Former NASA scientist says any alien civilizations most likely at the bottom of exoplanet interior oceans
October 25th, 2017 by James Wray
Dr. Alan Stern, an engineer and planetary scientist who has worked on dozens of NASA projects, has expressed his view that one of the reasons we’ve not detected any alien lifeforms or civilizations is that many of them could well be far below frozen seas and deep oceans.
Stern, who currently works at the Southwest Research Institute in Texas, made the comments last week whilst speaking at the 2017 Division for Planetary Sciences. He was discussing the Fermi Paradox, named after physicist Enrico Fermi, which highlights the contradiction between the theoretical estimates on the number of alien civilisations and the complete lack of any proven contact.
The argument goes that given the sheer number of stars in the galaxy, the large number that are similar to the Sun, the age of the Milky Way, the fact that we have made it into space in a fairly short time and that you could theoretically cross the galaxy in a few million years means that we should have been contacted or visited by intelligent aliens already.
The Drake Equation is a sort of educated best guest at the number of civilizations that might exist and it generates a huge number. Even if you put in some very conservative numbers it returns a high value for the Milky Way and billions of results for the Universe, you can play about with it using this great interactive version on the BBC.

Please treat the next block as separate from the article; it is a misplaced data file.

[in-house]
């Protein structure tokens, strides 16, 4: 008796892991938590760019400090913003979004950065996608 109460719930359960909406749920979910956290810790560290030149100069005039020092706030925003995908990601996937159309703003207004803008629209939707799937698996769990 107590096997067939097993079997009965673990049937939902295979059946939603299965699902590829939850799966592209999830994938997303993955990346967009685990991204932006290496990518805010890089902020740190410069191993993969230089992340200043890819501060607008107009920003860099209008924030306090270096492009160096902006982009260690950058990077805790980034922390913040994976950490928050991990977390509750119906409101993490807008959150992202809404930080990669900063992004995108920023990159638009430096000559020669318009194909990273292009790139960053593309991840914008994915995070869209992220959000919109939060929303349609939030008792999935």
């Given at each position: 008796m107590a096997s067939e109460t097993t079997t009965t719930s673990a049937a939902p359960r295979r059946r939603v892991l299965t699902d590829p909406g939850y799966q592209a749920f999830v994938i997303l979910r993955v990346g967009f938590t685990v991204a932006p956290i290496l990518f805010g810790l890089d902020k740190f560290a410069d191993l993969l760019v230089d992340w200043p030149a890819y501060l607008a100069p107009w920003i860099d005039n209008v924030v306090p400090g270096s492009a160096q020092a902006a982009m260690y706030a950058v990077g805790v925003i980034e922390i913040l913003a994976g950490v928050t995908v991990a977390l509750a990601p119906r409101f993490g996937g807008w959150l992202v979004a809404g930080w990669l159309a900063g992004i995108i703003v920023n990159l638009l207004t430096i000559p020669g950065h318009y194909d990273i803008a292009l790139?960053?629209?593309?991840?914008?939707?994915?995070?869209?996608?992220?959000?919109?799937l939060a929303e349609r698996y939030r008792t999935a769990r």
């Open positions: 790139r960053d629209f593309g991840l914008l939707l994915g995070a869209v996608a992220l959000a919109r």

Stern, whose involved in both the Moon Express venture and New Horizons Pluto mission suggests that the majority of planets with biology and civilization are ocean worlds, cut off from any outside communication and hard to spot. The paper points out that many oceans, even in our own Solar System, are interior ones. These are covered in thick layers of ice or rock and if that is repeated elsewhere in the galaxy then the majority could be like this.
Stern also points out that these protected oceans offer excellent shielding from many of the events and forces that can harm or destroy life. The likes of asteroid impacts, changes in atmosphere, radiation, climate change and other astrophysical hazards have their impact much reduced if you are under meters or even miles of protection.
He further theorises that this protective layer would also hinder any electromagnetic communication and that such civilisations might not even be aware they are below the surface of the planet. They might also be unlikely to explore off the planet even if they did, given the huge logistical tasks of moving large amounts of water around.
It’s a fascinating read and fairly short, you can view the document here.
Of course it could also be that even life is common outside our Solar System, that intelligent life is much rarer or that civilisations tend to destroy themselves fairly quickly. Both of these would mean there would be little chance of contact given the distances involved and the vast number of planets.
The first step to putting some real bones on the Drake Equation are already underway with the identification of exoplanets in the habitable zone of various stars. A huge leap forward would be the discovery of life on another planet in our Solar System that had developed independently. That would mean the entire Universe if probably teeming with life of some sort, though not necessarily intelligent.
What do you think of Stern’s ideas?
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